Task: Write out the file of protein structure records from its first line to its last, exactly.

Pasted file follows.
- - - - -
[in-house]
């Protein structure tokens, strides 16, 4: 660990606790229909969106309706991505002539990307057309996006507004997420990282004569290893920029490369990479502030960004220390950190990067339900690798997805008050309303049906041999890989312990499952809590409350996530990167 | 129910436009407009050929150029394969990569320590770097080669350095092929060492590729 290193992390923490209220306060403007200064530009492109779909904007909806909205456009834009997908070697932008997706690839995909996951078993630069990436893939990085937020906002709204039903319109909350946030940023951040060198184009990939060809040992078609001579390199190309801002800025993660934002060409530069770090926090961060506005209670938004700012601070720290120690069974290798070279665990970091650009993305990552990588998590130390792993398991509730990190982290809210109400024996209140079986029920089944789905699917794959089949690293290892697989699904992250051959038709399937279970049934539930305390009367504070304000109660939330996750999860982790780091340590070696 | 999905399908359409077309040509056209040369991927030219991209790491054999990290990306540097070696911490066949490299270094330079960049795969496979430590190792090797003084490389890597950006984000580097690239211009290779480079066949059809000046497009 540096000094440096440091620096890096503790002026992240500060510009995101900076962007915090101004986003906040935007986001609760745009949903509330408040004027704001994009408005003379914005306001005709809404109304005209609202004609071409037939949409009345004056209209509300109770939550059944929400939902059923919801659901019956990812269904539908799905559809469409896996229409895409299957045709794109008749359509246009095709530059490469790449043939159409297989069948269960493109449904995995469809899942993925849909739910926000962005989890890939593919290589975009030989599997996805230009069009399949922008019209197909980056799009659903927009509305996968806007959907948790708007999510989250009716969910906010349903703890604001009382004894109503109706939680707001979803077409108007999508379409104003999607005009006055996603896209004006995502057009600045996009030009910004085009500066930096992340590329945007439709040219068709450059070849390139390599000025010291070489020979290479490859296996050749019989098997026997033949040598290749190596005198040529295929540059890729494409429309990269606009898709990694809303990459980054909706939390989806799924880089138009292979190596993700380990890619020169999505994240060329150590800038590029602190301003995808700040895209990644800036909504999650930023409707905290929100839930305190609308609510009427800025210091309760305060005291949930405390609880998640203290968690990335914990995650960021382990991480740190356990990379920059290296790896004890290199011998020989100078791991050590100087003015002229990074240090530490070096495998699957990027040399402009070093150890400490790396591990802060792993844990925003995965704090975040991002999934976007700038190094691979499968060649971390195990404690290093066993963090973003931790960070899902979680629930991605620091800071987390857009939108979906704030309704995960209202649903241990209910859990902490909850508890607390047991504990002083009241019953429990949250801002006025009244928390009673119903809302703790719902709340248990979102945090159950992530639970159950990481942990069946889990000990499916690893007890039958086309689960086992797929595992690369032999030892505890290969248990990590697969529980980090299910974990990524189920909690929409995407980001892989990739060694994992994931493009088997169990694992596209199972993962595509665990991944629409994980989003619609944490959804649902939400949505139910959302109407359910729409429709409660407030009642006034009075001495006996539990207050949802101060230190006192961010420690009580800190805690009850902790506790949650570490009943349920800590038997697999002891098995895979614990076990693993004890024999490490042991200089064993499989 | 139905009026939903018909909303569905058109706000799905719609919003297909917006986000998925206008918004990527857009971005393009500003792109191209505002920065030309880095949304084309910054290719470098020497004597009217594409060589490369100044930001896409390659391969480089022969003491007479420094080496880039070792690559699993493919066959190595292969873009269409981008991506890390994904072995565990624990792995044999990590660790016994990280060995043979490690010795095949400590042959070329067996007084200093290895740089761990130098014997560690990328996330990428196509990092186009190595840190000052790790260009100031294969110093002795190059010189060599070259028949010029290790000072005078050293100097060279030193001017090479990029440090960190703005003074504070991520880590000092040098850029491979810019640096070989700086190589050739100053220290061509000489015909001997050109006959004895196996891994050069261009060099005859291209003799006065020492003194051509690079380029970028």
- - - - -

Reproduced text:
[in-house]
């Protein structure tokens, strides 16, 4: 660990606790229909969106309706991505002539990307057309996006507004997420990282004569290893920029490369990479502030960004220390950190990067339900690798997805008050309303049906041999890989312990499952809590409350996530990167 | 129910436009407009050929150029394969990569320590770097080669350095092929060492590729 290193992390923490209220306060403007200064530009492109779909904007909806909205456009834009997908070697932008997706690839995909996951078993630069990436893939990085937020906002709204039903319109909350946030940023951040060198184009990939060809040992078609001579390199190309801002800025993660934002060409530069770090926090961060506005209670938004700012601070720290120690069974290798070279665990970091650009993305990552990588998590130390792993398991509730990190982290809210109400024996209140079986029920089944789905699917794959089949690293290892697989699904992250051959038709399937279970049934539930305390009367504070304000109660939330996750999860982790780091340590070696 | 999905399908359409077309040509056209040369991927030219991209790491054999990290990306540097070696911490066949490299270094330079960049795969496979430590190792090797003084490389890597950006984000580097690239211009290779480079066949059809000046497009 540096000094440096440091620096890096503790002026992240500060510009995101900076962007915090101004986003906040935007986001609760745009949903509330408040004027704001994009408005003379914005306001005709809404109304005209609202004609071409037939949409009345004056209209509300109770939550059944929400939902059923919801659901019956990812269904539908799905559809469409896996229409895409299957045709794109008749359509246009095709530059490469790449043939159409297989069948269960493109449904995995469809899942993925849909739910926000962005989890890939593919290589975009030989599997996805230009069009399949922008019209197909980056799009659903927009509305996968806007959907948790708007999510989250009716969910906010349903703890604001009382004894109503109706939680707001979803077409108007999508379409104003999607005009006055996603896209004006995502057009600045996009030009910004085009500066930096992340590329945007439709040219068709450059070849390139390599000025010291070489020979290479490859296996050749019989098997026997033949040598290749190596005198040529295929540059890729494409429309990269606009898709990694809303990459980054909706939390989806799924880089138009292979190596993700380990890619020169999505994240060329150590800038590029602190301003995808700040895209990644800036909504999650930023409707905290929100839930305190609308609510009427800025210091309760305060005291949930405390609880998640203290968690990335914990995650960021382990991480740190356990990379920059290296790896004890290199011998020989100078791991050590100087003015002229990074240090530490070096495998699957990027040399402009070093150890400490790396591990802060792993844990925003995965704090975040991002999934976007700038190094691979499968060649971390195990404690290093066993963090973003931790960070899902979680629930991605620091800071987390857009939108979906704030309704995960209202649903241990209910859990902490909850508890607390047991504990002083009241019953429990949250801002006025009244928390009673119903809302703790719902709340248990979102945090159950992530639970159950990481942990069946889990000990499916690893007890039958086309689960086992797929595992690369032999030892505890290969248990990590697969529980980090299910974990990524189920909690929409995407980001892989990739060694994992994931493009088997169990694992596209199972993962595509665990991944629409994980989003619609944490959804649902939400949505139910959302109407359910729409429709409660407030009642006034009075001495006996539990207050949802101060230190006192961010420690009580800190805690009850902790506790949650570490009943349920800590038997697999002891098995895979614990076990693993004890024999490490042991200089064993499989 | 139905009026939903018909909303569905058109706000799905719609919003297909917006986000998925206008918004990527857009971005393009500003792109191209505002920065030309880095949304084309910054290719470098020497004597009217594409060589490369100044930001896409390659391969480089022969003491007479420094080496880039070792690559699993493919066959190595292969873009269409981008991506890390994904072995565990624990792995044999990590660790016994990280060995043979490690010795095949400590042959070329067996007084200093290895740089761990130098014997560690990328996330990428196509990092186009190595840190000052790790260009100031294969110093002795190059010189060599070259028949010029290790000072005078050293100097060279030193001017090479990029440090960190703005003074504070991520880590000092040098850029491979810019640096070989700086190589050739100053220290061509000489015909001997050109006959004895196996891994050069261009060099005859291209003799006065020492003194051509690079380029970028």